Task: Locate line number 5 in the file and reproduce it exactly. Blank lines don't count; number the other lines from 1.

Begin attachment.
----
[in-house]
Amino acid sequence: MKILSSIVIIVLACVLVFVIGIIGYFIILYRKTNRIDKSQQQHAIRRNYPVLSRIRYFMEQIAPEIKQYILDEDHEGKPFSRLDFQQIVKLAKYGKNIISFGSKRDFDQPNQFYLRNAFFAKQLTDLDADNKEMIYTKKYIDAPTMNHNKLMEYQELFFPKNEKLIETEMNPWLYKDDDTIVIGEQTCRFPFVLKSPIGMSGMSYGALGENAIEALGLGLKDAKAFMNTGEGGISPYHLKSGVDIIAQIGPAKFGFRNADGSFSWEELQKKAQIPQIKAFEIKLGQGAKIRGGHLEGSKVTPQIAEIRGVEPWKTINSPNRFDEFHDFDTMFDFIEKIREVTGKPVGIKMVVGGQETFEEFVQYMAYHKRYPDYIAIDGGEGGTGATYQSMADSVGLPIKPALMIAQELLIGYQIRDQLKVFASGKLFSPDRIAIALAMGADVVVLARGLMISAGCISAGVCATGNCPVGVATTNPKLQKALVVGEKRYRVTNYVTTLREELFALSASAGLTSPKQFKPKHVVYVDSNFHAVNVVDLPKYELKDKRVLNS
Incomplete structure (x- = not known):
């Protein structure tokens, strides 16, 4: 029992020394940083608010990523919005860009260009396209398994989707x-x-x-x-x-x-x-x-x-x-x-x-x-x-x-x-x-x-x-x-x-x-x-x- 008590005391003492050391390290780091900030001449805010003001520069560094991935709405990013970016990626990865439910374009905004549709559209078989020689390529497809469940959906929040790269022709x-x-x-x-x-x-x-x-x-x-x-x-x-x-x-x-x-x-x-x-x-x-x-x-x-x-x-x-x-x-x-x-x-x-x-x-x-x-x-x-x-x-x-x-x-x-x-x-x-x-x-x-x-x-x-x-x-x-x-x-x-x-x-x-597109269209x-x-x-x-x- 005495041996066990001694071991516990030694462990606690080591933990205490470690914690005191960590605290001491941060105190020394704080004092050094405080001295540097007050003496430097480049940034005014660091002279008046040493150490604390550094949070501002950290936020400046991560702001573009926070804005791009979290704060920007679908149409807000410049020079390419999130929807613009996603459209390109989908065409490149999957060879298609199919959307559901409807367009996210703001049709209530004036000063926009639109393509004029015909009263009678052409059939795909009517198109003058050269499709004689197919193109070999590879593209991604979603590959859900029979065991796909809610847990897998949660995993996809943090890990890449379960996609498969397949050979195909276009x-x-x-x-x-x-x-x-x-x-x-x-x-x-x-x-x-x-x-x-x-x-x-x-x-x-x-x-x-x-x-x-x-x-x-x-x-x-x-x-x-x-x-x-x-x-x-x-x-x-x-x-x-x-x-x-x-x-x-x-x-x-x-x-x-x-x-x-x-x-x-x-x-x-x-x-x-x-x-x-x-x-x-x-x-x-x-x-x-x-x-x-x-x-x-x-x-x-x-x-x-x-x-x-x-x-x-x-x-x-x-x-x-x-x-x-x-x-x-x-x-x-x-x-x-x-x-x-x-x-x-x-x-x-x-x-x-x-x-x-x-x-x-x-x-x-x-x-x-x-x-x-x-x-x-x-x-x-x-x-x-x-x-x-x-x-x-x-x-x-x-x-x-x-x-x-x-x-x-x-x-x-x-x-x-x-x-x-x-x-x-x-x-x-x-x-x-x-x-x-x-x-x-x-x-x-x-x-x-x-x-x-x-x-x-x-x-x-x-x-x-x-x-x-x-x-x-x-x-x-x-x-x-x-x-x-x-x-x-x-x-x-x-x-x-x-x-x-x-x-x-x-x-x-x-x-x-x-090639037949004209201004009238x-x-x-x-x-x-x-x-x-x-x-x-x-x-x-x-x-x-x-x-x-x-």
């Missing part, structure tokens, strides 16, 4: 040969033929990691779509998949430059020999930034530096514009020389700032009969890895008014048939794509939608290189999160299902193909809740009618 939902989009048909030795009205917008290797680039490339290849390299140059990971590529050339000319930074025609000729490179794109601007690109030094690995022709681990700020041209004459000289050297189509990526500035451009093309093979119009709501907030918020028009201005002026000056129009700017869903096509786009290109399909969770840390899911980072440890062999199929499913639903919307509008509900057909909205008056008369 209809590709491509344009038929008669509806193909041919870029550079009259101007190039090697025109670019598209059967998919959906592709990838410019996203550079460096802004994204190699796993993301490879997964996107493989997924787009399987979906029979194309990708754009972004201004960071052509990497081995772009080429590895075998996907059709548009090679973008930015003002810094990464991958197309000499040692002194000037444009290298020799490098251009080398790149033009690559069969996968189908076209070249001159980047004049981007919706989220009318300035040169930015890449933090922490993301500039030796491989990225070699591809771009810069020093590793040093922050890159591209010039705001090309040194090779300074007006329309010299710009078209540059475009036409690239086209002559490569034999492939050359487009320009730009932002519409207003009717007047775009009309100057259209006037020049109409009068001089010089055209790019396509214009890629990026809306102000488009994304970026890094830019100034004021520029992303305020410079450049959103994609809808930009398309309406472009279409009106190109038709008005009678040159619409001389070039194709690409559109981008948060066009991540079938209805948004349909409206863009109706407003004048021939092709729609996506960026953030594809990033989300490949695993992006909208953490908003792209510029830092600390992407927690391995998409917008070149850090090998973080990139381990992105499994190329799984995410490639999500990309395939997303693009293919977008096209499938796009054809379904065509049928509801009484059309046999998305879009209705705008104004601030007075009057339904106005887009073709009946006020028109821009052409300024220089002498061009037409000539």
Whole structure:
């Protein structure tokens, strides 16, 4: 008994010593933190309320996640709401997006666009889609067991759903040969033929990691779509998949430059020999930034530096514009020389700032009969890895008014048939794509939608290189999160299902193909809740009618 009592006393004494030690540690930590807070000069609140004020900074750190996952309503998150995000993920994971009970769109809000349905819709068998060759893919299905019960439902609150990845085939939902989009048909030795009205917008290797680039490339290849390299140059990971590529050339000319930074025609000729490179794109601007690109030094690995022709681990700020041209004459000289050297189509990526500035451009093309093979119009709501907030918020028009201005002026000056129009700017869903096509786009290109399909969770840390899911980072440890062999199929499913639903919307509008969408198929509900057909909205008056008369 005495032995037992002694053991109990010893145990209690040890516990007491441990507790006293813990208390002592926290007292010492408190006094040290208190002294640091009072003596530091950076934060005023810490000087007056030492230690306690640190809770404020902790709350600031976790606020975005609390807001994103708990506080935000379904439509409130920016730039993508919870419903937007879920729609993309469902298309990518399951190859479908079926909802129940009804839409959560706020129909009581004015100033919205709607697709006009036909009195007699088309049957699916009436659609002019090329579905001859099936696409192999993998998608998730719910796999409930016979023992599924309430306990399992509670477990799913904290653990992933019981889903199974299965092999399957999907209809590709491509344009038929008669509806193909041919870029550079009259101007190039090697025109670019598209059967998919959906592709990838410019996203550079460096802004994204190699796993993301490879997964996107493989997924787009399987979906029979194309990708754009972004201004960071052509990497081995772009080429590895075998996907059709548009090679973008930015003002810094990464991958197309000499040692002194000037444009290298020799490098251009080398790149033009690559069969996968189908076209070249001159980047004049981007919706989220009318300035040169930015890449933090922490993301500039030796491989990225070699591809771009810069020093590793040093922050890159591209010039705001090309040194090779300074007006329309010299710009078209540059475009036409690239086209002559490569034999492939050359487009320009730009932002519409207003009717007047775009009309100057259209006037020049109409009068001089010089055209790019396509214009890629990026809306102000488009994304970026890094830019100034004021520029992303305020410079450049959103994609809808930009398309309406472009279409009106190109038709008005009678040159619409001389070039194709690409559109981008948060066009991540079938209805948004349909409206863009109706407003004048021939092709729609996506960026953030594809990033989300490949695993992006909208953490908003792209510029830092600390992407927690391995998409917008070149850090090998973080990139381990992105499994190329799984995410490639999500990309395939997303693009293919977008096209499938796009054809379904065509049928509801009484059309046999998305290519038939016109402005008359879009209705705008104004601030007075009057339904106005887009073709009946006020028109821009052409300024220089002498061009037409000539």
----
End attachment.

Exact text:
């Missing part, structure tokens, strides 16, 4: 040969033929990691779509998949430059020999930034530096514009020389700032009969890895008014048939794509939608290189999160299902193909809740009618 939902989009048909030795009205917008290797680039490339290849390299140059990971590529050339000319930074025609000729490179794109601007690109030094690995022709681990700020041209004459000289050297189509990526500035451009093309093979119009709501907030918020028009201005002026000056129009700017869903096509786009290109399909969770840390899911980072440890062999199929499913639903919307509008509900057909909205008056008369 209809590709491509344009038929008669509806193909041919870029550079009259101007190039090697025109670019598209059967998919959906592709990838410019996203550079460096802004994204190699796993993301490879997964996107493989997924787009399987979906029979194309990708754009972004201004960071052509990497081995772009080429590895075998996907059709548009090679973008930015003002810094990464991958197309000499040692002194000037444009290298020799490098251009080398790149033009690559069969996968189908076209070249001159980047004049981007919706989220009318300035040169930015890449933090922490993301500039030796491989990225070699591809771009810069020093590793040093922050890159591209010039705001090309040194090779300074007006329309010299710009078209540059475009036409690239086209002559490569034999492939050359487009320009730009932002519409207003009717007047775009009309100057259209006037020049109409009068001089010089055209790019396509214009890629990026809306102000488009994304970026890094830019100034004021520029992303305020410079450049959103994609809808930009398309309406472009279409009106190109038709008005009678040159619409001389070039194709690409559109981008948060066009991540079938209805948004349909409206863009109706407003004048021939092709729609996506960026953030594809990033989300490949695993992006909208953490908003792209510029830092600390992407927690391995998409917008070149850090090998973080990139381990992105499994190329799984995410490639999500990309395939997303693009293919977008096209499938796009054809379904065509049928509801009484059309046999998305879009209705705008104004601030007075009057339904106005887009073709009946006020028109821009052409300024220089002498061009037409000539």